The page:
Tuesday, June 02, 2009

Limitations on women in the OJ world

By TikunOlam

While many in the Orthodox world may consider me a feminist, that is not how I see myself. I believe that men and women should be given equal opportunities and marriage is a partnership where each should have an equal say in decisions. I recognize that men and women, as a general rule, have different strengths and weaknesses, generally have different communication styles, ways of processing information and interpersonal relationships. I wear makeup, high heels and wear my hair long. While both my husband and I earned graduate degrees and work outside the home, he is the one to work the long hours while I work part-time and function as the primary caregiver to our children as well as the primary home-maker.

That being said, I started expressing some of my distaste for the limitations on women in the OJ world in Rabbi Fink's thread yesterday. Like many women (and men) I don't find the apologetics and claims that women are "equal but different" to ring true. OJ is a patriarchal system. All you have to do is look in the siddur and see how it says "Elokai Avraham, Elokai Yizchak V'Elokai Yaakov with the Matriachs conspicuously missing to get a clue. In fact, the rest of the Jewish denominations have noticed this as well and my own children have siddurim that include "Elokai Sarah. . ." too.

Some of the other practices that bothered me growing up:

1. "She lo asani isha" (yes, I know the apologetics)

2. Sitting in the back of the shul as a spectator rather than a participant

3. Wearing skirts when pants are so much more comfortable

4. Stringencies on tznius that are much more imposing on women than on men (you know, it is hot in the summer!)

5. Lack of women shul presidents

6. Women's limitations in taking communal spiritual leadership or functioning as rabbis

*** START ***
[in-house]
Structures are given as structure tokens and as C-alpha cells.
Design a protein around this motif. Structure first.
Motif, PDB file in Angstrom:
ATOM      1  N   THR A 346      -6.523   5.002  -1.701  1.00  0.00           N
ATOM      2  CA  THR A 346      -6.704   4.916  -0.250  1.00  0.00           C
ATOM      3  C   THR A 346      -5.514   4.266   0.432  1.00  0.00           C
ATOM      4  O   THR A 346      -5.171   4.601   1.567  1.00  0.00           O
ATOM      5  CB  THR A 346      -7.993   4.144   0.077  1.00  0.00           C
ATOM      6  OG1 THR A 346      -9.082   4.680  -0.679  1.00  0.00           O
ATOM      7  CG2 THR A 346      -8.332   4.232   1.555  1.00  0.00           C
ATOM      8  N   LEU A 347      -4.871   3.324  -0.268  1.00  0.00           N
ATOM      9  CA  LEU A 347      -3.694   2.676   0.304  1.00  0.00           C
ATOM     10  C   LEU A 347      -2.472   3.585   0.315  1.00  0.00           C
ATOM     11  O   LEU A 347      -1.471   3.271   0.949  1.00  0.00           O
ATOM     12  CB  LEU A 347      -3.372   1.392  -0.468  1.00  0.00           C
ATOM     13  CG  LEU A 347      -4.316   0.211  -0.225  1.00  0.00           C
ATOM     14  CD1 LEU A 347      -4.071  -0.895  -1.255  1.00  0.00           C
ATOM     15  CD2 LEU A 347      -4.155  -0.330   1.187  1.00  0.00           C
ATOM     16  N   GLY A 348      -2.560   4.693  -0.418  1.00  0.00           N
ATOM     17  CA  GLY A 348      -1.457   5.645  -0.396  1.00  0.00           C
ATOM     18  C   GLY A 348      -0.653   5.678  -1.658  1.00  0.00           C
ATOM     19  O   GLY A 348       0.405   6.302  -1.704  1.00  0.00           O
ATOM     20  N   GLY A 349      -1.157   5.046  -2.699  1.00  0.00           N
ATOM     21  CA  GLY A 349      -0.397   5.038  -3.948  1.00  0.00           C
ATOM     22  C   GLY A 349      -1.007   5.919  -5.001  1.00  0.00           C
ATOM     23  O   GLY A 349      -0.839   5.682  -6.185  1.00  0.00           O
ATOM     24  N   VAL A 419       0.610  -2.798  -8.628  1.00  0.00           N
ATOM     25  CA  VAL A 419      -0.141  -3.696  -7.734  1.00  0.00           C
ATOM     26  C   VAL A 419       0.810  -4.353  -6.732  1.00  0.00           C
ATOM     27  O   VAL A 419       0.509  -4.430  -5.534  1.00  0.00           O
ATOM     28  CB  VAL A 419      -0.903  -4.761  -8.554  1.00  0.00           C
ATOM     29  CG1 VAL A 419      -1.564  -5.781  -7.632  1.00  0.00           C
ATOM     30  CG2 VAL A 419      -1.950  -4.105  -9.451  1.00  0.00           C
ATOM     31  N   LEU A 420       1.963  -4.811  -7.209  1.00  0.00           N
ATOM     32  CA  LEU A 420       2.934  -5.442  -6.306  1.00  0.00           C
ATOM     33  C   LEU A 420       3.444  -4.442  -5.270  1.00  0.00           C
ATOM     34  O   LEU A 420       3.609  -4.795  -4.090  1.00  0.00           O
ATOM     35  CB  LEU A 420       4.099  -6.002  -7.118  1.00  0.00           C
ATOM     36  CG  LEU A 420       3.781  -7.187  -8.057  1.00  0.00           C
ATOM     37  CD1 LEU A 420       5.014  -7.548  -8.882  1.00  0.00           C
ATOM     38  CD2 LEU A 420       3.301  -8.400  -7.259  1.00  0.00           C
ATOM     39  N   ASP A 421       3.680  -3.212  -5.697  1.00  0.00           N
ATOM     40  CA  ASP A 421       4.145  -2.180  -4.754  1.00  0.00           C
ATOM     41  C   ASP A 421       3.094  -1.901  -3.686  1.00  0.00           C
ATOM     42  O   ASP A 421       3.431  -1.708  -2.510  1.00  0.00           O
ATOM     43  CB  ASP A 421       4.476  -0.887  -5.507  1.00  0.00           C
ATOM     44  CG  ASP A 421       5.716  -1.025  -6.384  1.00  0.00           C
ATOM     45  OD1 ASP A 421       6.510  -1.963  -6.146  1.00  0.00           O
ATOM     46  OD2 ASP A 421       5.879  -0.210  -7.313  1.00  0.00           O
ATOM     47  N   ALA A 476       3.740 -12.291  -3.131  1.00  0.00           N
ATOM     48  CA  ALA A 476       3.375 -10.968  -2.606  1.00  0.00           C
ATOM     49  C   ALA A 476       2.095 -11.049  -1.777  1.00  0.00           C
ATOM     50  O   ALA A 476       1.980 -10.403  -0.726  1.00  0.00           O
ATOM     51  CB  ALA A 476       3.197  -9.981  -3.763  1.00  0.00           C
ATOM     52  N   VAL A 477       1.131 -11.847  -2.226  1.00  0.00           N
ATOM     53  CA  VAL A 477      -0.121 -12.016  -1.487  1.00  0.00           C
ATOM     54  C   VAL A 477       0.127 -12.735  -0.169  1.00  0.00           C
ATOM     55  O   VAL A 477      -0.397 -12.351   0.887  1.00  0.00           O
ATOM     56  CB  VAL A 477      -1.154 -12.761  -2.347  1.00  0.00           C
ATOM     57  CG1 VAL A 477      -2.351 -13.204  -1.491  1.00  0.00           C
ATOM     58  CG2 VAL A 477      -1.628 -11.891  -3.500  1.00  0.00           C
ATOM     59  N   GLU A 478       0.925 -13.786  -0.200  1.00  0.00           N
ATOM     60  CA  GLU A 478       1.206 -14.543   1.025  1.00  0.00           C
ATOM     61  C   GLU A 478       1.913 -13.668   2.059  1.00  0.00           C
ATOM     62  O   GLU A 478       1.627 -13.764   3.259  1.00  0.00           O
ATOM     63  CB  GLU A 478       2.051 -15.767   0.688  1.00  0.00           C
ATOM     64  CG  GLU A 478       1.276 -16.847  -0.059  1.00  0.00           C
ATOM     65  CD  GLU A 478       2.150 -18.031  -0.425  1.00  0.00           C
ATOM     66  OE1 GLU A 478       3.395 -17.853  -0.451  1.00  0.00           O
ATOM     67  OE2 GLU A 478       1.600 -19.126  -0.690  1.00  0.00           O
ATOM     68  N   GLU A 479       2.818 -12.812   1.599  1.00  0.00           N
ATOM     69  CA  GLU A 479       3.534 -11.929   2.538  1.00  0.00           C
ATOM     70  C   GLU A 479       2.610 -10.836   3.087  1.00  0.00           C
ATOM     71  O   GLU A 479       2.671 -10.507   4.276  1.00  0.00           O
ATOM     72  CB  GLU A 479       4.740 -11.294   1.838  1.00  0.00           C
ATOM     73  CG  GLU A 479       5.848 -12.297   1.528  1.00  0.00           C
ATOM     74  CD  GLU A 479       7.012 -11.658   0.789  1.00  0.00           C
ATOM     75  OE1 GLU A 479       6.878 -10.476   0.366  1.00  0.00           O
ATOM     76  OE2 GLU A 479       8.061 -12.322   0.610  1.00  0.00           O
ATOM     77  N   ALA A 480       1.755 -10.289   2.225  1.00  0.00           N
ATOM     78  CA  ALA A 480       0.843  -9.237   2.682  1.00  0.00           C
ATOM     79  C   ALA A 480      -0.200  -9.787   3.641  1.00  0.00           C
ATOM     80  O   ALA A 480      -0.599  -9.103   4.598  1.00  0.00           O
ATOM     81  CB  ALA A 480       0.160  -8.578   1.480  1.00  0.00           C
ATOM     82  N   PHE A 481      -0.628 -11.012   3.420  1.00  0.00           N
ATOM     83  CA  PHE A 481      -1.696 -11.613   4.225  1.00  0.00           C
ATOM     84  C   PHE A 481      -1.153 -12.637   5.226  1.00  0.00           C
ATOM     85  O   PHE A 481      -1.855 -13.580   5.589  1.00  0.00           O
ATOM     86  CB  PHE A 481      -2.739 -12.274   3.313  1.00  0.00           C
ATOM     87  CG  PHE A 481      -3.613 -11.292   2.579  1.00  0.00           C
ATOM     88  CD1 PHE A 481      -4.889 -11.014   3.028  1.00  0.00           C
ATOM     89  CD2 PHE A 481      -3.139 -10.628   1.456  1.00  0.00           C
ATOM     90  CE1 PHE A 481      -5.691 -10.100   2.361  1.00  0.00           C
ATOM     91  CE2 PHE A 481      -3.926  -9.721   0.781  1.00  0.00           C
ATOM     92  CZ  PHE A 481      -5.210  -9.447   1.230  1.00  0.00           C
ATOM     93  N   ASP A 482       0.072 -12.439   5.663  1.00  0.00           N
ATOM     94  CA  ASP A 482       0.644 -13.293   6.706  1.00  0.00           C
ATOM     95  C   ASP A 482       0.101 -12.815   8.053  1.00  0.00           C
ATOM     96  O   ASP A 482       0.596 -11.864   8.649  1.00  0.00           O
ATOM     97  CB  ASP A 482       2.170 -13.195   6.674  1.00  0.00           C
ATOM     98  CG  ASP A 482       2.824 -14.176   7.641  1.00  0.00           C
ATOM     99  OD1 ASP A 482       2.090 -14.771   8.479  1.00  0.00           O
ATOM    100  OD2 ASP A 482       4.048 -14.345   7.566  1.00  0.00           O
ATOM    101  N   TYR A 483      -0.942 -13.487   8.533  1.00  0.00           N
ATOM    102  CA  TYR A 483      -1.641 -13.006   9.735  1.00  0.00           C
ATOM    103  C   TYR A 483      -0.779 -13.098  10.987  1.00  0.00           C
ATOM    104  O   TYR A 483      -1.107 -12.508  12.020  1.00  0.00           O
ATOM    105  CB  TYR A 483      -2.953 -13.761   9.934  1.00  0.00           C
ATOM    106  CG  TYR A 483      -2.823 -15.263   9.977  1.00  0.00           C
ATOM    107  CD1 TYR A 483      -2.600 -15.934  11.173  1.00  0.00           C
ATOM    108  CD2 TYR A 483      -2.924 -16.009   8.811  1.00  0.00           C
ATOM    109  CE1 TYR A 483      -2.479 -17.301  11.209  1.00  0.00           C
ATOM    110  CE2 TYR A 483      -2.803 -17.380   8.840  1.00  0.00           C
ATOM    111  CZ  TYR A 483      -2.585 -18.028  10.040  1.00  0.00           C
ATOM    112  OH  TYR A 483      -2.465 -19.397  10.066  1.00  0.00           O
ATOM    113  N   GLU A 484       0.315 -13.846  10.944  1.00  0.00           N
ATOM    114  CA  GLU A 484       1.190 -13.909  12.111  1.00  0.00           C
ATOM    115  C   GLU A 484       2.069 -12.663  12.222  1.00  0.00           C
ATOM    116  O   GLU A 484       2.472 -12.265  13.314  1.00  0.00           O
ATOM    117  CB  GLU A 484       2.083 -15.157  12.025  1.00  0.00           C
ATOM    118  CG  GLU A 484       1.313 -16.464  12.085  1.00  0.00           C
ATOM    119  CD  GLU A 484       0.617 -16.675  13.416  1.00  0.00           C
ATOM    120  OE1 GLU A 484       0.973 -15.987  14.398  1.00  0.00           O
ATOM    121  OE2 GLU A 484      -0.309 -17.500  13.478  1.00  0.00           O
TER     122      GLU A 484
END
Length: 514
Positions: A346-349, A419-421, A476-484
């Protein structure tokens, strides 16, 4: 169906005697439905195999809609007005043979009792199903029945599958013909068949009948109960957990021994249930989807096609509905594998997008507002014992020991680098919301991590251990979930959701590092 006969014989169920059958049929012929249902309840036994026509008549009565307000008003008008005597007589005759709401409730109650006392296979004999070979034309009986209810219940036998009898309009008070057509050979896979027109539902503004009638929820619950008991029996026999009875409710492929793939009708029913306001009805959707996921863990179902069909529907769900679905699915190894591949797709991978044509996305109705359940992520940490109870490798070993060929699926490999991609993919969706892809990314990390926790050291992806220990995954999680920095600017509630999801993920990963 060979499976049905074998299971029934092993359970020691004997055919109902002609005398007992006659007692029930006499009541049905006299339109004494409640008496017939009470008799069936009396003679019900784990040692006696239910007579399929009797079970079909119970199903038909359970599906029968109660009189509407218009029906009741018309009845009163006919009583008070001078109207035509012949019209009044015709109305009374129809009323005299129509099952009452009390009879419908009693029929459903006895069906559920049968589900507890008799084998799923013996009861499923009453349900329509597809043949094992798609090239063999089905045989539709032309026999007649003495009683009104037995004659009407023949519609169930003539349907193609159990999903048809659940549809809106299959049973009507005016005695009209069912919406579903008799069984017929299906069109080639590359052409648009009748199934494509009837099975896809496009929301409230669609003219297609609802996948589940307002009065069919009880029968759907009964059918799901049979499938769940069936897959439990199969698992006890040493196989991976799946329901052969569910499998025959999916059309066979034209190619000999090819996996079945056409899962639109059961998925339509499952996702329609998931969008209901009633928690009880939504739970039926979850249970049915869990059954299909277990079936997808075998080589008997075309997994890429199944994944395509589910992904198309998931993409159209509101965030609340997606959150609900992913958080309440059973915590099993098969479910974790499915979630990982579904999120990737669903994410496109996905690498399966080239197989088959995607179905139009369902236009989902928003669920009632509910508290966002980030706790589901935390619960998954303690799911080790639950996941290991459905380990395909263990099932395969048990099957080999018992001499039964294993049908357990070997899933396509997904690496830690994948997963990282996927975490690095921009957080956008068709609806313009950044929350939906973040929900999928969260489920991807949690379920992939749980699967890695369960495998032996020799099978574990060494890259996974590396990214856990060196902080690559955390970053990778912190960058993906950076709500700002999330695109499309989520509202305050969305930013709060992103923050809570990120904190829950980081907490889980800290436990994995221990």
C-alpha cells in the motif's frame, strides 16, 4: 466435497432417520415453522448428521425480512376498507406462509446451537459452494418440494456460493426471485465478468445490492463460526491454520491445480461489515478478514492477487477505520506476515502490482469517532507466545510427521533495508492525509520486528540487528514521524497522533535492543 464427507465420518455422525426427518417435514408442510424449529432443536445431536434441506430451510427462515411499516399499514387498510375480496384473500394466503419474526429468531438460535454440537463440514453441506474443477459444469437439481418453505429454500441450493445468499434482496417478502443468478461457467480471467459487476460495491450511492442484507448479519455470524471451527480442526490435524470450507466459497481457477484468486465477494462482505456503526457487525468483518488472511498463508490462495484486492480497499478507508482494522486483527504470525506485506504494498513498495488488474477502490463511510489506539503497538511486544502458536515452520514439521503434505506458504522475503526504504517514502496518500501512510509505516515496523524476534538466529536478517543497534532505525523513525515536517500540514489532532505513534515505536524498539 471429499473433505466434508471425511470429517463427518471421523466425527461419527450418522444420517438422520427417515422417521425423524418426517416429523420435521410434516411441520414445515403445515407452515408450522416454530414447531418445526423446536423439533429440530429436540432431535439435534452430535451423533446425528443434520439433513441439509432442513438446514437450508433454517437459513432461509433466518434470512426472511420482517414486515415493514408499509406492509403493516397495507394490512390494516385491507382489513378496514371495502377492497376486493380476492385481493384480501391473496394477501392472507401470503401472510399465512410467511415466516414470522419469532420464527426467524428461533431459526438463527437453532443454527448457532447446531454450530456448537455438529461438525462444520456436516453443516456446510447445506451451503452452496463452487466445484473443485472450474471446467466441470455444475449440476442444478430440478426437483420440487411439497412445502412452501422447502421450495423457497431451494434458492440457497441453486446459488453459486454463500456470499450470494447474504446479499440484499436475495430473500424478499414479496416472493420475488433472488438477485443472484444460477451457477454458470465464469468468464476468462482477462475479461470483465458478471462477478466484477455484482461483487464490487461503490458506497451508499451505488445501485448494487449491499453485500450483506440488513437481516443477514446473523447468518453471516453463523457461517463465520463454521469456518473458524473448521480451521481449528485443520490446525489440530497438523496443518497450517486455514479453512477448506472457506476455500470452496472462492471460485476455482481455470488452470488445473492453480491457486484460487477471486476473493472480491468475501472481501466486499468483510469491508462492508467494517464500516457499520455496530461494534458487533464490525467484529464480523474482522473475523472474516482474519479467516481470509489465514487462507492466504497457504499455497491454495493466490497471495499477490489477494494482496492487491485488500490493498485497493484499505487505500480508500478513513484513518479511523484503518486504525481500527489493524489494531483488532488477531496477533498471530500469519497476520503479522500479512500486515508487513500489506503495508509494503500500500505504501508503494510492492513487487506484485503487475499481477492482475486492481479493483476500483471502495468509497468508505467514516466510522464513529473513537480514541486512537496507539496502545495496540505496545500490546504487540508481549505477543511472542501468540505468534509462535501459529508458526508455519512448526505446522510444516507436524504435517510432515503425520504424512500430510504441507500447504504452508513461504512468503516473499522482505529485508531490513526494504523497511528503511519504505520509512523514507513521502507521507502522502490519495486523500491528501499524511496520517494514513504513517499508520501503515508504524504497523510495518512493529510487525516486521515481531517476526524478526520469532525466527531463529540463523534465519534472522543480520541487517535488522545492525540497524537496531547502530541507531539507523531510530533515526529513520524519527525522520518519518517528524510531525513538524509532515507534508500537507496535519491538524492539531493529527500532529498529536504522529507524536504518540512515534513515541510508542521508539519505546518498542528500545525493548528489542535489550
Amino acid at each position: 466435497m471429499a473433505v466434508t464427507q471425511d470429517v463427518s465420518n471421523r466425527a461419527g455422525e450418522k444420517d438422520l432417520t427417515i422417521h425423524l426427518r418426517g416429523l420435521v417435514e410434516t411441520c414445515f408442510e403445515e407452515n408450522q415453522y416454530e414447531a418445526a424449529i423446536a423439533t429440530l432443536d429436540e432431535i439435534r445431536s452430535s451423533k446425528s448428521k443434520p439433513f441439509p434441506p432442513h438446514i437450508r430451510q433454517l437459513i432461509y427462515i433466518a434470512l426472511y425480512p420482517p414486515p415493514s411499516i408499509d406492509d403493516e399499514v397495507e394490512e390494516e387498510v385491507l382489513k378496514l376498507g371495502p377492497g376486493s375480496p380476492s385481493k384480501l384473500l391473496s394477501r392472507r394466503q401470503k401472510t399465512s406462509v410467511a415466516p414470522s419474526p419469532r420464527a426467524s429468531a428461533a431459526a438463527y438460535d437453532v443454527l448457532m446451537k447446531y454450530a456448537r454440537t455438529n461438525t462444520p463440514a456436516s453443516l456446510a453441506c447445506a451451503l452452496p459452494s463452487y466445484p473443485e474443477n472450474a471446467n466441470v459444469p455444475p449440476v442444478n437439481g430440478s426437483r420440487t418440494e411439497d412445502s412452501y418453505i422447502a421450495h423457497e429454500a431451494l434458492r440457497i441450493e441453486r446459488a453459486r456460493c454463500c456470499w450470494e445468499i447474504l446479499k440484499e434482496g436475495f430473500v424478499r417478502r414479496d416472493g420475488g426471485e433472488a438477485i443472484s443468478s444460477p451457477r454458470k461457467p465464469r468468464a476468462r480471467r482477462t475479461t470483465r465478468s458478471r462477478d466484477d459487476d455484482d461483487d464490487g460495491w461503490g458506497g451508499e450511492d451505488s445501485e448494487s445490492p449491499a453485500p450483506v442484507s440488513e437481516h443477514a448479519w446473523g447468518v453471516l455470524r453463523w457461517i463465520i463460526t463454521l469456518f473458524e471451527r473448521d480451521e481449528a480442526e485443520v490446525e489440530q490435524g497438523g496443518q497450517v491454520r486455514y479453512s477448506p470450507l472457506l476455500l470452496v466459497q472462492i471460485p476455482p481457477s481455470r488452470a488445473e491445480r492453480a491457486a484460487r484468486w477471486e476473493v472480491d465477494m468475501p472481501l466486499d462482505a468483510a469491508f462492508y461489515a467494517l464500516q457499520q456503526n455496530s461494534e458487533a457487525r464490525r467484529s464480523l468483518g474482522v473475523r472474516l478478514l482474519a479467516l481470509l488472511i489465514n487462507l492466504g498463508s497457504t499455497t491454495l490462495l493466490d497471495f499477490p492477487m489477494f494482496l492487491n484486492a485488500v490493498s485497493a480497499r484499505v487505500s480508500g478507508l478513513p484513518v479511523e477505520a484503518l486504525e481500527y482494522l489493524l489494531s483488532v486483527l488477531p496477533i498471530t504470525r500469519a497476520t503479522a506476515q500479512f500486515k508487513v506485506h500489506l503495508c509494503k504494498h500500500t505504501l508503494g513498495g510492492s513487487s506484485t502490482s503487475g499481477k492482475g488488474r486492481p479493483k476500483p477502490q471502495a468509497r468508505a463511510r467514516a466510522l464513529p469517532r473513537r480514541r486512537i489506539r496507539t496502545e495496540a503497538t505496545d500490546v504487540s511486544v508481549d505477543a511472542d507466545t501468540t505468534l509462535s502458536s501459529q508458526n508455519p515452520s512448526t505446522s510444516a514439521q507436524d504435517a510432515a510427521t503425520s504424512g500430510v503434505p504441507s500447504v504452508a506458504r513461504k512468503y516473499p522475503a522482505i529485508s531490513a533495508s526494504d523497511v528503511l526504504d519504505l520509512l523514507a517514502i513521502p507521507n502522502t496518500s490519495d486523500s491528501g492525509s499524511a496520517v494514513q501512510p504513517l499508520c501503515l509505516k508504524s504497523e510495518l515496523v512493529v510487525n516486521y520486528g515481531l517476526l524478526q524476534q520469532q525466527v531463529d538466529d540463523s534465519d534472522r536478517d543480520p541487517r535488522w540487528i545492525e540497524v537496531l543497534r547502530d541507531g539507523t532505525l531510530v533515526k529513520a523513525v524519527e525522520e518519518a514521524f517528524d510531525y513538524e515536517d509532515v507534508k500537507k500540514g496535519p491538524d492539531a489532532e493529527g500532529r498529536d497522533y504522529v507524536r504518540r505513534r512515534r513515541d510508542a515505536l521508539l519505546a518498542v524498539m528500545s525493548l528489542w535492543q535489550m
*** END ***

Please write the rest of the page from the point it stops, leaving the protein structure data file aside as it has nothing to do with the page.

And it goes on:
7. Limits on women's Jewish education. I, for one, was sent to typing, cooking and sewing classes while the boys learned Gemara. Girls were taught "halacha l'maase" only, none from original sources and the classes only covered Shabbat, Kashrut and Taharat Hamishpacha, as though those are the only halachot women are obligated in.

8. The constant discussion of women not being obligated in mitvot (and limited in opportunities to do some of the mitvot) so they can take care of their children. Women are only taking care of young children for a portion of their adult lives. There are plenty of years pre-children and post children to participate in communal life.

9. Not being counted in a minyan. Hey, I understand if women don't HAVE to be there, but if they are there why count a 12 year old boy rather than a grown woman as is done in one small OJ shul that I frequent?

10. Prohibition against women acting as witnesses at weddings

That's a start. Let the apologetics that I have heard a million times before begin. . .

Search for more information about women and Orthodox Judaism at 4torah.com.

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